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GMO STUDY

GMO STUDY

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New study finds GM corn not safe for consumption.

Significant differences were observed in a similar manner in the uric acid, urea and creatinine reflecting an impact on kidney function after 91 days of exposure to GM corn. The results in this study were similar to a prior study which observed that the deficiencies in kidney function in male rats is different between animals fed NK 603 and Mon 863 genetically modified corn.

The researchers concluded that significant changes in body and organ biochemistry were observed, warned about GMO consumption and that further research is required.
New study finds GM corn not safe for consumption.

Significant differences were observed in a similar manner in the uric acid, urea and creatinine reflecting an impact on kidney function after 91 days of exposure to GM corn. The results in this study were similar to a prior study which observed that the deficiencies in kidney function in male rats is different between animals fed NK 603 and Mon 863 genetically modified corn.

The researchers concluded that significant changes in body and organ biochemistry were observed, warned about GMO consumption and that further research is required.

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Published by: Children Of Vietnam Veterans Health Alliance on Jan 23, 2014
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06/10/2014

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 Journal of American Science 2012;8(9) http://www.jofamericanscience.org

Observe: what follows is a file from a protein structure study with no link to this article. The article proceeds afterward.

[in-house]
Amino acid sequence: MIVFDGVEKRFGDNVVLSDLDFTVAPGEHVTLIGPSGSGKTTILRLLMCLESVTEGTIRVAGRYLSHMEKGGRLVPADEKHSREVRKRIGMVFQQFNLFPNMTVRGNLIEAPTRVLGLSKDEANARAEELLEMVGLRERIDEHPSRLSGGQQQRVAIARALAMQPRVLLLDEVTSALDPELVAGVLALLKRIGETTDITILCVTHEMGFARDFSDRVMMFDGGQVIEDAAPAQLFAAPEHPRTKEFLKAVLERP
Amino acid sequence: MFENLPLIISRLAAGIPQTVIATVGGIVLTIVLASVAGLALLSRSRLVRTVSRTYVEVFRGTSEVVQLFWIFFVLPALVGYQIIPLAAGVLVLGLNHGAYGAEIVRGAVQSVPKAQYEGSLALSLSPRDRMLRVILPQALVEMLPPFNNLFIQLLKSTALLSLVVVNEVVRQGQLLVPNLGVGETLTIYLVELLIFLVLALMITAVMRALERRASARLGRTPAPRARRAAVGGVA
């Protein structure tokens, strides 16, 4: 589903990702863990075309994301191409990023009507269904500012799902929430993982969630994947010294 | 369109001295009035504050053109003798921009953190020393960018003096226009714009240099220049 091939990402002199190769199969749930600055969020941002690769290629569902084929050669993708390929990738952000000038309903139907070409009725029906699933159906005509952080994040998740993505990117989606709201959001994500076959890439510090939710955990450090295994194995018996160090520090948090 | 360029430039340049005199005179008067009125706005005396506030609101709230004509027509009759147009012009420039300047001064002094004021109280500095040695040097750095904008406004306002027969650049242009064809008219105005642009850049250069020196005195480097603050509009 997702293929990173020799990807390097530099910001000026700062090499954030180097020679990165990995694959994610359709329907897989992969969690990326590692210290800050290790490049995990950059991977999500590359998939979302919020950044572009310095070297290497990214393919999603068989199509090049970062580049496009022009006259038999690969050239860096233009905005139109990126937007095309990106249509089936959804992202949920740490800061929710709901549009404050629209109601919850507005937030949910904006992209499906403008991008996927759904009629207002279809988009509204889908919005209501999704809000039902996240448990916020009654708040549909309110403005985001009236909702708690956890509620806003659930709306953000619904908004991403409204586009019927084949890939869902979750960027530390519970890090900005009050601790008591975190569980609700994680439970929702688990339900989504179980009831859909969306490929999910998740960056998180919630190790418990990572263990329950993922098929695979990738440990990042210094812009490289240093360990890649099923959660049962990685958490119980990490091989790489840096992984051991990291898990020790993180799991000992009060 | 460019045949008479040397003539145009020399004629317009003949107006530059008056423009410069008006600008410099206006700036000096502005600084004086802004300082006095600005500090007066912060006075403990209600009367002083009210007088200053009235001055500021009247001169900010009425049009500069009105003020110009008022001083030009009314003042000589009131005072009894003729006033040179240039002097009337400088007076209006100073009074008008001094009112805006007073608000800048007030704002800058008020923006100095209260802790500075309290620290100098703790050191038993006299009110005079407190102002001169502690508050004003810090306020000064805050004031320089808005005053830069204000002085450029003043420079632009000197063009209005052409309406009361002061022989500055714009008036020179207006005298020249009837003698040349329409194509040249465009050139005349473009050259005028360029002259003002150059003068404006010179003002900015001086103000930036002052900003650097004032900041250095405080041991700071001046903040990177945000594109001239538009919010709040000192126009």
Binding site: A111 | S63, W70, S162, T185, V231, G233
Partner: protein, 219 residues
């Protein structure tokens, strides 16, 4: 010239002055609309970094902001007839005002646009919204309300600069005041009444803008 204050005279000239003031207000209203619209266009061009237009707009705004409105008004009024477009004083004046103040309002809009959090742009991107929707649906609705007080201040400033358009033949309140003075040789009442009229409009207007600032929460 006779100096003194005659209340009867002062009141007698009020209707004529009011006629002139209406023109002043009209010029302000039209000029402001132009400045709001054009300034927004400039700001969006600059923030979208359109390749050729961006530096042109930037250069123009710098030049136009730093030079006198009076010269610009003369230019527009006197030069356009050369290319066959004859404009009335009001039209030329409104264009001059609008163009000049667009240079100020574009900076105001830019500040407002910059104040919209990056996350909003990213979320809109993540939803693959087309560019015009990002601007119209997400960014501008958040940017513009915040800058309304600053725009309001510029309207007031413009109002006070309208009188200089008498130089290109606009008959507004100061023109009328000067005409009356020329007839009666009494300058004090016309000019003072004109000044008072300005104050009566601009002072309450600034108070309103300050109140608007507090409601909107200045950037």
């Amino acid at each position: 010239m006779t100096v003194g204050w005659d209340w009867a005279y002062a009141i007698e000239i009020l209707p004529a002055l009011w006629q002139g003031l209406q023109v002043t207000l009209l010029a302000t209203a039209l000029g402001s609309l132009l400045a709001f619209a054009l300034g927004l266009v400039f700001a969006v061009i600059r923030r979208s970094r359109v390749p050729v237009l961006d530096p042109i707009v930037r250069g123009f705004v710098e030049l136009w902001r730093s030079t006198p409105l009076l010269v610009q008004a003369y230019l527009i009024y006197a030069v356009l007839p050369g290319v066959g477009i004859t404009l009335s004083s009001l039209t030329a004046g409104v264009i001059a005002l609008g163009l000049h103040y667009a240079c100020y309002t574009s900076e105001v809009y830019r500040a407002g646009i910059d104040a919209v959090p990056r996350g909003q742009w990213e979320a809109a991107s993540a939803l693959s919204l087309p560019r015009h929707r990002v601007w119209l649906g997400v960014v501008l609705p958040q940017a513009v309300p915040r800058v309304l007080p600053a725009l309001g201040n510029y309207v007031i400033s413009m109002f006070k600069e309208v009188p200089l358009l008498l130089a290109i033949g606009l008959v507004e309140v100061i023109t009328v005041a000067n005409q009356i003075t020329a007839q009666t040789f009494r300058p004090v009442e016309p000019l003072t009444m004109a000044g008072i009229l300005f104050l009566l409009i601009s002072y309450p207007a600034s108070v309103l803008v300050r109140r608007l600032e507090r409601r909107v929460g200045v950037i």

1117 
Morphological and Biochemical Changes in Male Rats Fed on Genetically Modified Corn (Ajeeb YG)
Gab-Alla
1
, A. A., El-Shamei
1
, Z. S., Shatta
1
, A. A., Moussa
2
, E. A., and Rayan
1
, A. M.
1
 Food Technology Department, Faculty of Agriculture,
2
 Department of Anatomy and Embryology, Faculty of Veterinary Medicine, Suez Canal University, Ismailia, Egypt ammrayan@yahoo.com
Abstract :
This study was designed to evaluate the safety of genetically modified (GM) corn (Ajeeb YG). Corn grains from Ajeeb YG or its control (Ajeeb) were incorporated into rodent diets at 30% concentrations administered to rats (n= 10/group) for 45 and 91 days. An additional negative control group of rats (n= 10/group) was fed AIN93G diets. General conditions were observed daily, total  body weights were recorded weekly. At the termination of the study periods, some visceral organs (heart, liver, kidneys, testes and spleen) and serum  biochemistry were measured. The data showed several statistically significant differences in organs/body weight and serum biochemistry between the rats fed on GM and/or Non-GM corn and the rats fed on AIN93G diets. In general, GM corn sample caused several changes by increase or decrease organs/body weight or serum biochemistry values. This indicates potential adverse health/toxic effects of GM corn and further investigations still needed. Journal of [Gab-Alla, A. A., El-Shamei, Z. S., Shatta, A. A., Moussa, E. A., and Rayan, A. M.
Morphological and Biochemical Changes in Male Rats Fed on Genetically Modified Corn (Ajeeb YG)
.
 J Am Sci
 2012;8(9):1117-1123]. (ISSN: 1545-1003). http://www.jofamericanscience.org. 152 
Key words:
 organs/weight; GM corn; serum biochemistry; rats
1. Introduction
Ajeeb YG (YieldGard corn, event MON-00810-6) is a genetically modified insect resistant corn produced  by incorporated the MON 810 (Monsanto) borer resistance trait in the best corn germplasm "Ajeeb" (a trade mark of Dekalb). For the last decades there has  been a growing interest from the food crop industry to construct and produce genetically modified (GM) crops with the primary goal to significantly increase the yield and avoid the use of pesticides. At present, GM crops are grown and consumed by humans in many countries, for example corn expressing the insecticidal genes (
cry
genes) from
 Bacillus thuringiensis